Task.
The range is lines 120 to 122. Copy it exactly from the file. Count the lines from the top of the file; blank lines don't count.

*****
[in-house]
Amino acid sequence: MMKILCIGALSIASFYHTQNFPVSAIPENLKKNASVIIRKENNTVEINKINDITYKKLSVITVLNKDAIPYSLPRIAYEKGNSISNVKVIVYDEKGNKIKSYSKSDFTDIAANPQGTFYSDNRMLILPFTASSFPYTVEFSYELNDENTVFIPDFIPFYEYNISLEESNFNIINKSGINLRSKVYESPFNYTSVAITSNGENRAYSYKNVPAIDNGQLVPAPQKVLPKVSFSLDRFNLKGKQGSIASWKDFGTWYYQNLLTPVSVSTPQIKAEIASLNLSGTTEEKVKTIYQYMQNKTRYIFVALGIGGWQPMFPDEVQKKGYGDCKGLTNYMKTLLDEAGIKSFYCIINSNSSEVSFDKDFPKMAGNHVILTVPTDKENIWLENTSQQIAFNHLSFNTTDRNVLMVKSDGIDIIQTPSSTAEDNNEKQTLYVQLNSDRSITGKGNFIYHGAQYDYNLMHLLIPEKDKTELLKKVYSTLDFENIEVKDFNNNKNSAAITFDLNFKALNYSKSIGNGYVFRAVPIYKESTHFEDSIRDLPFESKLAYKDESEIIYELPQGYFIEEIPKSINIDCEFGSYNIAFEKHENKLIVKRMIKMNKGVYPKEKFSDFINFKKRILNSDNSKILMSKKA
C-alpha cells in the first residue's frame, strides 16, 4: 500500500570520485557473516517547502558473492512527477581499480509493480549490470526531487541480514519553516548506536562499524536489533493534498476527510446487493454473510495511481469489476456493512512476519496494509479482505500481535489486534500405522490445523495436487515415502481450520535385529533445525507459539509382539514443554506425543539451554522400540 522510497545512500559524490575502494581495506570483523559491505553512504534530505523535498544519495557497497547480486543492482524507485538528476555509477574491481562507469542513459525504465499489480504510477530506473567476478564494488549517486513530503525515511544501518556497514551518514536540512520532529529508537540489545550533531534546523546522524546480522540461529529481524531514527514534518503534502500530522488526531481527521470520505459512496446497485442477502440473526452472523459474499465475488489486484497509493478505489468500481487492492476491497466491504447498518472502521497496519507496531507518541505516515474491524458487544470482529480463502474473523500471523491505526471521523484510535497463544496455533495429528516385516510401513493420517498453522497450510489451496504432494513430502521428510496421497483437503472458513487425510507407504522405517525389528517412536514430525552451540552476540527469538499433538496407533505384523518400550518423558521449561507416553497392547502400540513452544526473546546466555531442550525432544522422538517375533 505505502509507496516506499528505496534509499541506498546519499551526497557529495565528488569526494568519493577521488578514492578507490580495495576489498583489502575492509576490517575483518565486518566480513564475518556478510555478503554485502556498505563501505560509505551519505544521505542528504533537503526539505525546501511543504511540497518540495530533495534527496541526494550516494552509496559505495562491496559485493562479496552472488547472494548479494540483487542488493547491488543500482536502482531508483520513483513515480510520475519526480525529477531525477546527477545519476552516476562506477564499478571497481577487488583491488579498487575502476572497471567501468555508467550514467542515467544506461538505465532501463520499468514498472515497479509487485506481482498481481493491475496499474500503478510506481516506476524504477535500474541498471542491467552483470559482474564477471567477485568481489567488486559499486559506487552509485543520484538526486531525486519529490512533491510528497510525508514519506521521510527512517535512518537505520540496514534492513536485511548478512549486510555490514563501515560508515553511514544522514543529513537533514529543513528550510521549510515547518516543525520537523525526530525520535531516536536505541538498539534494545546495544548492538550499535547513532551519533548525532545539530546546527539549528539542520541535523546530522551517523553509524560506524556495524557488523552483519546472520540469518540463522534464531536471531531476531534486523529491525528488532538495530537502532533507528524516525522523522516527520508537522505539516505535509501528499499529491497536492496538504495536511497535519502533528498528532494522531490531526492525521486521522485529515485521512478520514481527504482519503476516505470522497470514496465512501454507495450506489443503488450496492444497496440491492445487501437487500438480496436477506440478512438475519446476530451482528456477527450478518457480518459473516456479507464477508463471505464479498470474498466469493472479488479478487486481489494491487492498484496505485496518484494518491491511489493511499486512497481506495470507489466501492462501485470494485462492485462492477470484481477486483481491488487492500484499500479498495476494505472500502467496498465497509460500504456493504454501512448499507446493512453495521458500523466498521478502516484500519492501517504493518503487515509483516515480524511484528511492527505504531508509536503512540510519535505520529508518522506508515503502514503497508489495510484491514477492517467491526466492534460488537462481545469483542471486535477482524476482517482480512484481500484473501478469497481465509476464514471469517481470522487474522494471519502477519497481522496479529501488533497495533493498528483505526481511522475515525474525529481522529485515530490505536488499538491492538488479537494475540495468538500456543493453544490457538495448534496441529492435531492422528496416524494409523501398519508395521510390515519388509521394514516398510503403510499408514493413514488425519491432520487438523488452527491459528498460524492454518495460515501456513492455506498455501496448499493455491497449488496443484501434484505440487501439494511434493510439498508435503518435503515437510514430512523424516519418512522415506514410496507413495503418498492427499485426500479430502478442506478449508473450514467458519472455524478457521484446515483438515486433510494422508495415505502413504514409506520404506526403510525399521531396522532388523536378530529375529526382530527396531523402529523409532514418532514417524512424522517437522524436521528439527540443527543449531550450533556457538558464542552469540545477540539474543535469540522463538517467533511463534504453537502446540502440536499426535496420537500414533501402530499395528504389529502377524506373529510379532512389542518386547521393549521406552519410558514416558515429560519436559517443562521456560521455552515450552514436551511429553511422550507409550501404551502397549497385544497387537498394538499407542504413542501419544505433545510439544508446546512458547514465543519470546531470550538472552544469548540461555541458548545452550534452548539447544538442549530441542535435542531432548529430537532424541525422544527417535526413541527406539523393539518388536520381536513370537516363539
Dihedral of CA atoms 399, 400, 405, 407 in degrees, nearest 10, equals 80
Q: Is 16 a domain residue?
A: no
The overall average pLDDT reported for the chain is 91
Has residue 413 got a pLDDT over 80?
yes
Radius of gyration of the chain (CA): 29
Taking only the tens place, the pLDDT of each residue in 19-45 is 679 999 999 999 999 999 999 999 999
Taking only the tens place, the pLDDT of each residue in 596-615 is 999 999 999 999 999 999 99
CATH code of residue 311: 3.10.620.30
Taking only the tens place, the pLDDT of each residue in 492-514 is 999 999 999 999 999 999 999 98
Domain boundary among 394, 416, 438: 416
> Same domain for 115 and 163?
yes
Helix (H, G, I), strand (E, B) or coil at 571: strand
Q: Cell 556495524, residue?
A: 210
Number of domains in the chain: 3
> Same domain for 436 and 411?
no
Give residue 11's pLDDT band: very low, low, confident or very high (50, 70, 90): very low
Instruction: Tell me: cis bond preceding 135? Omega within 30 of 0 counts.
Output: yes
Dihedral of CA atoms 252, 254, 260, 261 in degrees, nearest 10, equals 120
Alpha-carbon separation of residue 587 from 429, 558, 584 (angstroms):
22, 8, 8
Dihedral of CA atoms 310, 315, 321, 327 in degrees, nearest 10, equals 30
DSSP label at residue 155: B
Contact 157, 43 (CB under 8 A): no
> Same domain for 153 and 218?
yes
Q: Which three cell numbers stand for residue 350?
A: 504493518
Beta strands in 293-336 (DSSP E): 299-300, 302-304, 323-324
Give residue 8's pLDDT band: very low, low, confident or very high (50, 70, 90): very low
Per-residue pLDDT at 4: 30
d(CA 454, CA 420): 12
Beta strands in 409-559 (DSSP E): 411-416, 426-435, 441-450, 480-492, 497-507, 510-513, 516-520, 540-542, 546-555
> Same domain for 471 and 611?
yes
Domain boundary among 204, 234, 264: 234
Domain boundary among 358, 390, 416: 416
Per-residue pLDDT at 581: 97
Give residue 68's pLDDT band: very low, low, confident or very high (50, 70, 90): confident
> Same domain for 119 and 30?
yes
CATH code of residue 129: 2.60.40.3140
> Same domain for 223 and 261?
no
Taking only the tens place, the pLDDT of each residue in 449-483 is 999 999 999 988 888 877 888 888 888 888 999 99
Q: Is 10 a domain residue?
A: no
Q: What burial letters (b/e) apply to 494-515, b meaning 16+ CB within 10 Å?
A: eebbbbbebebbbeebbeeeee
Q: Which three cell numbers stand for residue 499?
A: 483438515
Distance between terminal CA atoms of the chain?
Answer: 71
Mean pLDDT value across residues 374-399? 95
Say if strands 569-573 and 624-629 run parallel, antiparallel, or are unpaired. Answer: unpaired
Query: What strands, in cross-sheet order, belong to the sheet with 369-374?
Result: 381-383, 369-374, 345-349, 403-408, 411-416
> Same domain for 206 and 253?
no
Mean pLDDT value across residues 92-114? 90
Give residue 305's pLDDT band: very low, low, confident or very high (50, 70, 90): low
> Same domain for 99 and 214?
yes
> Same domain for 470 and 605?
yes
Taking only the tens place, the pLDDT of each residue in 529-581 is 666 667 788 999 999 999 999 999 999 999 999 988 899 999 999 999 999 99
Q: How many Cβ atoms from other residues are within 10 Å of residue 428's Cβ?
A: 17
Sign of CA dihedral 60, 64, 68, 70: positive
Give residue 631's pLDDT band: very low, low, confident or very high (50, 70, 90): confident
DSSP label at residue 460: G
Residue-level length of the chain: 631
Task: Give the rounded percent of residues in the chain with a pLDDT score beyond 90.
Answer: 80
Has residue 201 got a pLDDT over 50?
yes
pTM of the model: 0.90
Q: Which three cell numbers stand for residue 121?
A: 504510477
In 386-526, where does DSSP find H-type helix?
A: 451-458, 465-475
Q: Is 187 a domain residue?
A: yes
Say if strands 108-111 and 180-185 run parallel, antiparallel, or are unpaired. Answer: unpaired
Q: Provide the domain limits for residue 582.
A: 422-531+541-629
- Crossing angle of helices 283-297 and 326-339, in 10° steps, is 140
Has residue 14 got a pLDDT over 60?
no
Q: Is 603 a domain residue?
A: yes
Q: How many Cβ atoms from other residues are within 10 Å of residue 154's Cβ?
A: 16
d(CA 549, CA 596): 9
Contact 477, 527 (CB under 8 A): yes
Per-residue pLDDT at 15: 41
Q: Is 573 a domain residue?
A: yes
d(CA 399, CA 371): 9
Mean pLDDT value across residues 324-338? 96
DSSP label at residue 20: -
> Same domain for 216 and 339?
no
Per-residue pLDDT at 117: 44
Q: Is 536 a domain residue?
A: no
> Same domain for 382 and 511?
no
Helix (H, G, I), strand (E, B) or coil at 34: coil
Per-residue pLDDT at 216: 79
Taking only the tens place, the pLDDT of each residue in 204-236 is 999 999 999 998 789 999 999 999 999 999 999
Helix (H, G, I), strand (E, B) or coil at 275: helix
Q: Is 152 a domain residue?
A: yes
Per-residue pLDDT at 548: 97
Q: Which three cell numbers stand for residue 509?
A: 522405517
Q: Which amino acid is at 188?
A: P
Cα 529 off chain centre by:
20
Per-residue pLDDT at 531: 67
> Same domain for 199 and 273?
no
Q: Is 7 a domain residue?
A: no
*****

Helix (H, G, I), strand (E, B) or coil at 275: helix
Q: Is 152 a domain residue?
A: yes